The second reason, as already dealt with, relates to the matter of the intrusion of buildings and structures into regional storm floodplains, which conduct falls within the legislative control of a conservation authority respecting the control of flooding in areas susceptible to flooding during a regional storm.

In contrast, the third reason related to another area of legislative control of conservation authorities, namely, swamps. This reason dealt with the ability of the swamp land to absorb and retain runoff and not only during regional storms but also during any period of runoff. The ability to absorb water is an element in the control of flooding and although the report was not available for study it appears that there are areas downstream that would be affected during a regional storm as a result of increased discharge from the headwater wetlands. Again while it may be minimal, the precedential implications with cumulative results are appropriate considerations. Also involved in this aspect is the reduction of the ability of the swamps to retain water during periods of low flow and to augment downstream flows which are reduced. This aspect of the matter relates to the control of pollution. The operations of sewage disposal plants requires a sustained flow. While there was no evidence of such plants at the present time, such matters are of a long term concern.

The fourth reason related to the fact that the swamp had been recognized as an Environmentally Sensitive Area in a draft official plan and it was suggested that the change of a swamp to a residential area fell within the concept of "conservation of land". This tribunal has considerable doubt that the phrase "conservation of land" is synonymous with the maintenance of a natural state or the creation of conformity to an official plan. However, it is not necessary to rely on this aspect of the matter.

The last objection was that the septic tile bed could cause pollution during periods of high water. I understand that the appellants and their advisor recognize this concern, which falls within the jurisdiction of the respondent under section 4 of the regulation. The alternative suggestion had not been submitted to the respondent for consideration and this tribunal has no method of determining the regional storm elevation, the determination of which would be essential to approve of adequate specifications of a holding tank system.

It has never been the policy of this tribunal to permit the intrusion of residential buildings into a regional floodplain unless the conservation authority in question has a policy of so doing which has not been applied to the appellant, Counsel for the appellants advised that it was not part of the appellants' case that a policy which was extended to others was not applied by the respondent to the application of the appellants.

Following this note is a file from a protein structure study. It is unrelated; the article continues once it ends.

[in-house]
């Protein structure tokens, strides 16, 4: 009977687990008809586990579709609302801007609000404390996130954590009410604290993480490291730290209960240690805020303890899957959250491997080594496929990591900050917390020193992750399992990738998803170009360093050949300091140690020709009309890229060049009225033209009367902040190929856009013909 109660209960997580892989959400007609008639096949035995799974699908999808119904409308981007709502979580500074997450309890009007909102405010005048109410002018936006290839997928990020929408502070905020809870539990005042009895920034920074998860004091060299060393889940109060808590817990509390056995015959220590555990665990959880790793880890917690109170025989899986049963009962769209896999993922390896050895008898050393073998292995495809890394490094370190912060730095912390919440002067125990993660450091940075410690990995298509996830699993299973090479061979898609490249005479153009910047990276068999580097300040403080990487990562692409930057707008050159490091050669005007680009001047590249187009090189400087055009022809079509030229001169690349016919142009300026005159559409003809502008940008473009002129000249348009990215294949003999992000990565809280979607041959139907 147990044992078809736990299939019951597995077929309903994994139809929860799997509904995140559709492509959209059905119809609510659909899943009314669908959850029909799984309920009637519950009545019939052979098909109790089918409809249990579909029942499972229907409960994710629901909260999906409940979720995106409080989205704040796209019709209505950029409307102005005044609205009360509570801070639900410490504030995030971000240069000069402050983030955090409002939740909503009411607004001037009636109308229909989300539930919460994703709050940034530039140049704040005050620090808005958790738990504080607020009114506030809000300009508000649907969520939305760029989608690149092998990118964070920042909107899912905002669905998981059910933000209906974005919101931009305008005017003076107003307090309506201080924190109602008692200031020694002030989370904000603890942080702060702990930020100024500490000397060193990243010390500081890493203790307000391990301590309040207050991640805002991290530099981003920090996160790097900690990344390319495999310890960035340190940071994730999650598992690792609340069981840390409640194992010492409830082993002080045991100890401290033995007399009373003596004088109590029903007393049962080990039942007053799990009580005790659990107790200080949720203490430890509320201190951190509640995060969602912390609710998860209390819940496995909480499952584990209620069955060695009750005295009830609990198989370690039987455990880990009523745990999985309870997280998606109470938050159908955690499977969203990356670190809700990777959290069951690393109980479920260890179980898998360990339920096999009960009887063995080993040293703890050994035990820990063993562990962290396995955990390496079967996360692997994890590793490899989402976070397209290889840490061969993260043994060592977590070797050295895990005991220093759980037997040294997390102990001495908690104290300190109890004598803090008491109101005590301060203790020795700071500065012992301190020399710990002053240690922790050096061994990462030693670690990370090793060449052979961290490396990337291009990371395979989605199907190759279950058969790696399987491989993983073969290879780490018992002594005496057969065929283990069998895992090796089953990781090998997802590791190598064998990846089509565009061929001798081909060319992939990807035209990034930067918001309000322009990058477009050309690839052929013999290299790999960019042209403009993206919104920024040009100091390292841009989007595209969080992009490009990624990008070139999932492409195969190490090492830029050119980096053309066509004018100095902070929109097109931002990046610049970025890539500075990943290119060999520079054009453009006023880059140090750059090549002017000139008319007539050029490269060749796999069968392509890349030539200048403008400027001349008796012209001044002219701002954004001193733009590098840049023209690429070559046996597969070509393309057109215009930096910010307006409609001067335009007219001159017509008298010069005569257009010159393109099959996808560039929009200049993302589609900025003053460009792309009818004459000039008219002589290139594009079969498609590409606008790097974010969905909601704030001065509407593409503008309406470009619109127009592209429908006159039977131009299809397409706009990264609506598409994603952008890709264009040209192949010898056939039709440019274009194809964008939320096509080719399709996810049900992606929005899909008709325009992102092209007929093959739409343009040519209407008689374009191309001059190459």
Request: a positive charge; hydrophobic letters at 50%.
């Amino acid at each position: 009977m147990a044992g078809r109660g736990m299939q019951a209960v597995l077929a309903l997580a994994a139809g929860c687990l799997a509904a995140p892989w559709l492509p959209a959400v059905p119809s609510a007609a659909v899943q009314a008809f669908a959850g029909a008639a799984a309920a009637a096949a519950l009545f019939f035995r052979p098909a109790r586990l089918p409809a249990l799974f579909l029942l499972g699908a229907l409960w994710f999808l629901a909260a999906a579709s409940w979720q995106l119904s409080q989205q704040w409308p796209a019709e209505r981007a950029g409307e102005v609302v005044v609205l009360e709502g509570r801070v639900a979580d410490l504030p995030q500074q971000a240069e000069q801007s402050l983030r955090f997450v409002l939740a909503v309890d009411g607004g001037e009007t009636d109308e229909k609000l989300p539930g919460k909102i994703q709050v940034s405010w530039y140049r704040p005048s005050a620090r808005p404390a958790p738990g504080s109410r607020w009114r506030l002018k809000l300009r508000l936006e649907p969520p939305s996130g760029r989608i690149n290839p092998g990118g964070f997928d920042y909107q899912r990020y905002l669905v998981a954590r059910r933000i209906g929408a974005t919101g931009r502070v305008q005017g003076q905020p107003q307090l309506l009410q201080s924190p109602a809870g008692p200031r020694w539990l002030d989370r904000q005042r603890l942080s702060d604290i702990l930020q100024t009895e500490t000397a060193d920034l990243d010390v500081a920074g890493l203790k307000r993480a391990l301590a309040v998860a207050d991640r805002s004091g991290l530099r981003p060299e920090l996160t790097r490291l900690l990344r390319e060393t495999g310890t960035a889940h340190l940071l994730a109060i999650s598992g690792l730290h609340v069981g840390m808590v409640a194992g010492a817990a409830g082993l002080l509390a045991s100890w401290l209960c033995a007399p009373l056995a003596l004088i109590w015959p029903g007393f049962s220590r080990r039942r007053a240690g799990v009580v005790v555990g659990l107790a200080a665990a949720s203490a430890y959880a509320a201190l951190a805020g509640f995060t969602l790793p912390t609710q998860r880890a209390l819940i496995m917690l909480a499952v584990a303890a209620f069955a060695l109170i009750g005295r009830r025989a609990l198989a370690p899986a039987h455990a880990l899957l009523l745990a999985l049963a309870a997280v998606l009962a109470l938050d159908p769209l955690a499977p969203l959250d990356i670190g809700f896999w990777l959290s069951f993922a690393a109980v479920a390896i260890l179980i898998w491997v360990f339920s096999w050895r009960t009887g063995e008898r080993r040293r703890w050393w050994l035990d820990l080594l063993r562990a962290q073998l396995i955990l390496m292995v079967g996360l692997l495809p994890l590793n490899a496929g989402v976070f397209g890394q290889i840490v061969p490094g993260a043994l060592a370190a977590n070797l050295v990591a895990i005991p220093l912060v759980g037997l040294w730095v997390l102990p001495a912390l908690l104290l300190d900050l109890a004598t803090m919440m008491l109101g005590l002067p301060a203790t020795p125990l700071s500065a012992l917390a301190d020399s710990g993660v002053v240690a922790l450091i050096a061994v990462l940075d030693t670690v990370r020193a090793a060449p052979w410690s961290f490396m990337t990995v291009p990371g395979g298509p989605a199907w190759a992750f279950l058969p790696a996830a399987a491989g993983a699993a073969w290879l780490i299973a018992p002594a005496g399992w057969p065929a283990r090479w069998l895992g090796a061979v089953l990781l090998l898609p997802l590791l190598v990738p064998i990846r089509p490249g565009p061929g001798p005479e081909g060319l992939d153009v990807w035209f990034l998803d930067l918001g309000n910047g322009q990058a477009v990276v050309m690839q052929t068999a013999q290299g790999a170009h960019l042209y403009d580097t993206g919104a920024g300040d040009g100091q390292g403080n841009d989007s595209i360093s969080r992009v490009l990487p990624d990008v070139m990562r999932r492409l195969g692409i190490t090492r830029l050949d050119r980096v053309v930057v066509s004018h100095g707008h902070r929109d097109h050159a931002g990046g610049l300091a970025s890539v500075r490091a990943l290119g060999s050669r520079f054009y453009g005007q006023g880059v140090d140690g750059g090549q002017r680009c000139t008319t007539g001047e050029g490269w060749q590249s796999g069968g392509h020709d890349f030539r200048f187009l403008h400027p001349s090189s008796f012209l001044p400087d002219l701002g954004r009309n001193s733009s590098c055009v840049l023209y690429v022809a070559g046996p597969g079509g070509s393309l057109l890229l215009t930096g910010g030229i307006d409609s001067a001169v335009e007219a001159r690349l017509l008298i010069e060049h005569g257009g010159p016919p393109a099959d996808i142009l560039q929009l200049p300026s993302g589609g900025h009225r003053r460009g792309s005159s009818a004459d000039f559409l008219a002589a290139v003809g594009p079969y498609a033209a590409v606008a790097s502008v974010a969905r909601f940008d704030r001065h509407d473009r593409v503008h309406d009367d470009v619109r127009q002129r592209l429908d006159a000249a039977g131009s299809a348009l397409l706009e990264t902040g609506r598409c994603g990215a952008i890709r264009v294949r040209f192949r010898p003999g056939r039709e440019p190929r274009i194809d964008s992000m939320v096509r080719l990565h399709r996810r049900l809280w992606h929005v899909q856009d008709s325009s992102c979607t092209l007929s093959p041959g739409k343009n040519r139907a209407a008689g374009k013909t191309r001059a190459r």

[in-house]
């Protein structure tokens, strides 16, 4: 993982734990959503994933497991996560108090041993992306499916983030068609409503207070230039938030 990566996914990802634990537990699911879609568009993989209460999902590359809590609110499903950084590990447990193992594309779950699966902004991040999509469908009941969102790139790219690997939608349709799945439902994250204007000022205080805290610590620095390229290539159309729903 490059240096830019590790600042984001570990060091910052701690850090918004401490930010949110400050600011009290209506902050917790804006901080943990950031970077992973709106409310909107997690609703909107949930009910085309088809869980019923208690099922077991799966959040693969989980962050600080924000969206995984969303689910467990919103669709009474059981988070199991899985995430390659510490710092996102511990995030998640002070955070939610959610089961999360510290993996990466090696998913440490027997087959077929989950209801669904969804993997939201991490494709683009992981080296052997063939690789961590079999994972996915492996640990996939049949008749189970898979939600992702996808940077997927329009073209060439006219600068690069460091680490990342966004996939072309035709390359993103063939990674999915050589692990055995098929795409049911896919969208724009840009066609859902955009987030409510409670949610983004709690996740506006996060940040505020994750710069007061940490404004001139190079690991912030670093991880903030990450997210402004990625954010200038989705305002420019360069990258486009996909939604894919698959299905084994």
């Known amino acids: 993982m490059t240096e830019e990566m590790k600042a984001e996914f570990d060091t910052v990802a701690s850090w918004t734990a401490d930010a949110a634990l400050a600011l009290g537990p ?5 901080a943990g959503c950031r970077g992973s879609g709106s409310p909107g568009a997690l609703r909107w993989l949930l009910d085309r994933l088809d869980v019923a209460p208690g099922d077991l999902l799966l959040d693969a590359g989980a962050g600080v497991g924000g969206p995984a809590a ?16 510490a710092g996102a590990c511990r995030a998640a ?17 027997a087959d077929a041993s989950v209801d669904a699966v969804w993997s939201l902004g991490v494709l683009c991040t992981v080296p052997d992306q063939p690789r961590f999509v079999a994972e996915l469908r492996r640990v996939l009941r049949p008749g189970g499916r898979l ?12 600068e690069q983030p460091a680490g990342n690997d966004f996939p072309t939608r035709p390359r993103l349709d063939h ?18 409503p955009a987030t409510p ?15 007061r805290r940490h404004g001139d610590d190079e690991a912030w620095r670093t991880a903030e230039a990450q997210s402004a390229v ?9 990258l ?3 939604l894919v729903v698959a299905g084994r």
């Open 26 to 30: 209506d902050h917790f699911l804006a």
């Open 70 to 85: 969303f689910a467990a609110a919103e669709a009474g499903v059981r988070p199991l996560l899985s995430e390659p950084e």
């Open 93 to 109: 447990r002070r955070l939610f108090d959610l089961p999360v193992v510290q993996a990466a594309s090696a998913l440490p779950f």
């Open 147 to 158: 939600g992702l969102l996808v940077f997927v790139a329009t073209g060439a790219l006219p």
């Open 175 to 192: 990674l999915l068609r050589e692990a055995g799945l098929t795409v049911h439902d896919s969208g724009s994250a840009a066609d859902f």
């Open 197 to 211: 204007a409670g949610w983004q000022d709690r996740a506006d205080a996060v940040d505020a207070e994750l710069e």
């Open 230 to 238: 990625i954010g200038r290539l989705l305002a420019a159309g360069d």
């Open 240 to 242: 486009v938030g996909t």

The subject lands are undesirable as a residential site from two points of view. They are not only in a regional storm floodplain with its inherent dangers to the buildings and occupants, which dangers cannot be assessed, but they are also in a swamp having annual flooding under normal runoff conditions. It is the opinion of this tribunal that the position of the respondent should not be reversed and that it is appropriate for a conservation authority to rely on the principles of precedent and cumulative effect.

In his reply counsel for the appellants raised an interesting question in respect of the wording of section 4 of the regulation which reads as follows:

  1. Subject to The Ontario Water Resources Commission Act or to any private interest, the Authority may permit in writing the construction of any building or structure or the placing or dumping of fill or the straightening, changing, diverting or interfering with the existing channel of a river, creek, stream or watercourse to which section 3 applies if, in the opinion of the Authority, the site of the building or structure or the placing or dumping and the method of construction or placing or dumping or straightening, changing, diverting or interfering with the existing channel will not affect the control of flooding or pollution or the conservation of land.

Counsel submitted that the applicable portion of the section reads "if....the site of the building or structure.....will not effect the control of flooding or pollution or conservation of land.....". It was submitted that there was no evidence before the respondent that the site had any relation to the three matters at the end of the phrase and that the respondent did, not act judicially where there was no. such evidence and should therefore be reversed. It is also apparent that, if valid, the principle would be applicable to this tribunal. In passing it may be noted that counsel failed to read into the key phrase the words "and the method of construction".

In the opinion of this tribunal, the answer to the point, which was probably improperly raised in reply preventing an opportunity for counsel for the respondent to respond, is that section 4 is an exception to the absolute prohibitions contained in section 3 and if section 4 by its words, which is not hereby concluded, is meaningless or unsupported by the evidence of the case, the absolute prohibition would govern. If there were an absence of evidence on the relevant issue under section 4 it would seem that such a situation would not assist an applicant and accordingly the decision of the case cannot turn on this point.

  1. It is ordered that the appeal in this matter be and is hereby dismissed.
  2. it is further ordered that no costs shall be payable by either of the parties hereto.

Dated at Toronto this 15th day of May, 1979.

Original signed by G.H. Ferguson
Mining and Lands Commissioner.